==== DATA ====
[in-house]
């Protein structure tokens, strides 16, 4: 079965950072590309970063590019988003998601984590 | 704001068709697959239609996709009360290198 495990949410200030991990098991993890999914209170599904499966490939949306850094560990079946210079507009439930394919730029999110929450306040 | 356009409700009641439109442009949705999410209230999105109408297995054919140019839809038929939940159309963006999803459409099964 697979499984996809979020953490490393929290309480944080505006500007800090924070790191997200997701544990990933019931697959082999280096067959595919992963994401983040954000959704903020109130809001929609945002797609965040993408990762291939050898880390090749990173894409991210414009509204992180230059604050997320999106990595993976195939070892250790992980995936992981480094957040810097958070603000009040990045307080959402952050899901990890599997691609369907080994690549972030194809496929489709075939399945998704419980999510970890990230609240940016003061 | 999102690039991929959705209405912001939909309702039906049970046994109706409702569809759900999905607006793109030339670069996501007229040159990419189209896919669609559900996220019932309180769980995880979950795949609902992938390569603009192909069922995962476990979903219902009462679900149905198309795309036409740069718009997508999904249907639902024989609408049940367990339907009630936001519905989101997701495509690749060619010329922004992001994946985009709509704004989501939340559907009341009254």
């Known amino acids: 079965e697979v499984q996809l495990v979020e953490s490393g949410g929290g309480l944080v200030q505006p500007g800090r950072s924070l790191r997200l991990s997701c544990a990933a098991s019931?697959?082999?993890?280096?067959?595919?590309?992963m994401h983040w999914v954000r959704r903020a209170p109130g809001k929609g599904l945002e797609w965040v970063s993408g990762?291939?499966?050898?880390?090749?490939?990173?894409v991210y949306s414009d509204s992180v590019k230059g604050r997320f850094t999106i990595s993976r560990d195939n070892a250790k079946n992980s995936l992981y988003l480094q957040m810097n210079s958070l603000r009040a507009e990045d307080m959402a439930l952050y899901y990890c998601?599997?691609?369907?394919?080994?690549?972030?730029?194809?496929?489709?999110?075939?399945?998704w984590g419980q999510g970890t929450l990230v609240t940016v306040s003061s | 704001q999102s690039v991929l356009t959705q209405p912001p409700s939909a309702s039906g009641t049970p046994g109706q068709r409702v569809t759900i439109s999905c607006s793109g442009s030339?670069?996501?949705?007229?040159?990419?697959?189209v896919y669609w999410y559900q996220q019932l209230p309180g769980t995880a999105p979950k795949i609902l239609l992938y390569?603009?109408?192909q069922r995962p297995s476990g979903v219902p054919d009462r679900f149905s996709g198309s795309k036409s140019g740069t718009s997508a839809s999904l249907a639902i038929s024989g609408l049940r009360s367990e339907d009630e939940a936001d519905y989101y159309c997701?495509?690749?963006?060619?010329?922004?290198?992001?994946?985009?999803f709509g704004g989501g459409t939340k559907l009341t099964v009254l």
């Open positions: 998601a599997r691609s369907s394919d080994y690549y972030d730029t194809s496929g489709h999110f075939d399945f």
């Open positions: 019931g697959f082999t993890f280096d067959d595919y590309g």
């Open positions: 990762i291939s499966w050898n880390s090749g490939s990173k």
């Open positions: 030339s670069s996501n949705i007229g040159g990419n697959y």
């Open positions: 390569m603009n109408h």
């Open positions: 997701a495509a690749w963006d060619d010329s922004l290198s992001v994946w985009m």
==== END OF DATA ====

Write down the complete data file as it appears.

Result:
[in-house]
């Protein structure tokens, strides 16, 4: 079965950072590309970063590019988003998601984590 | 704001068709697959239609996709009360290198 495990949410200030991990098991993890999914209170599904499966490939949306850094560990079946210079507009439930394919730029999110929450306040 | 356009409700009641439109442009949705999410209230999105109408297995054919140019839809038929939940159309963006999803459409099964 697979499984996809979020953490490393929290309480944080505006500007800090924070790191997200997701544990990933019931697959082999280096067959595919992963994401983040954000959704903020109130809001929609945002797609965040993408990762291939050898880390090749990173894409991210414009509204992180230059604050997320999106990595993976195939070892250790992980995936992981480094957040810097958070603000009040990045307080959402952050899901990890599997691609369907080994690549972030194809496929489709075939399945998704419980999510970890990230609240940016003061 | 999102690039991929959705209405912001939909309702039906049970046994109706409702569809759900999905607006793109030339670069996501007229040159990419189209896919669609559900996220019932309180769980995880979950795949609902992938390569603009192909069922995962476990979903219902009462679900149905198309795309036409740069718009997508999904249907639902024989609408049940367990339907009630936001519905989101997701495509690749060619010329922004992001994946985009709509704004989501939340559907009341009254």
């Known amino acids: 079965e697979v499984q996809l495990v979020e953490s490393g949410g929290g309480l944080v200030q505006p500007g800090r950072s924070l790191r997200l991990s997701c544990a990933a098991s019931?697959?082999?993890?280096?067959?595919?590309?992963m994401h983040w999914v954000r959704r903020a209170p109130g809001k929609g599904l945002e797609w965040v970063s993408g990762?291939?499966?050898?880390?090749?490939?990173?894409v991210y949306s414009d509204s992180v590019k230059g604050r997320f850094t999106i990595s993976r560990d195939n070892a250790k079946n992980s995936l992981y988003l480094q957040m810097n210079s958070l603000r009040a507009e990045d307080m959402a439930l952050y899901y990890c998601?599997?691609?369907?394919?080994?690549?972030?730029?194809?496929?489709?999110?075939?399945?998704w984590g419980q999510g970890t929450l990230v609240t940016v306040s003061s | 704001q999102s690039v991929l356009t959705q209405p912001p409700s939909a309702s039906g009641t049970p046994g109706q068709r409702v569809t759900i439109s999905c607006s793109g442009s030339?670069?996501?949705?007229?040159?990419?697959?189209v896919y669609w999410y559900q996220q019932l209230p309180g769980t995880a999105p979950k795949i609902l239609l992938y390569?603009?109408?192909q069922r995962p297995s476990g979903v219902p054919d009462r679900f149905s996709g198309s795309k036409s140019g740069t718009s997508a839809s999904l249907a639902i038929s024989g609408l049940r009360s367990e339907d009630e939940a936001d519905y989101y159309c997701?495509?690749?963006?060619?010329?922004?290198?992001?994946?985009?999803f709509g704004g989501g459409t939340k559907l009341t099964v009254l």
């Open positions: 998601a599997r691609s369907s394919d080994y690549y972030d730029t194809s496929g489709h999110f075939d399945f």
């Open positions: 019931g697959f082999t993890f280096d067959d595919y590309g």
């Open positions: 990762i291939s499966w050898n880390s090749g490939s990173k």
């Open positions: 030339s670069s996501n949705i007229g040159g990419n697959y």
């Open positions: 390569m603009n109408h």
């Open positions: 997701a495509a690749w963006d060619d010329s922004l290198s992001v994946w985009m």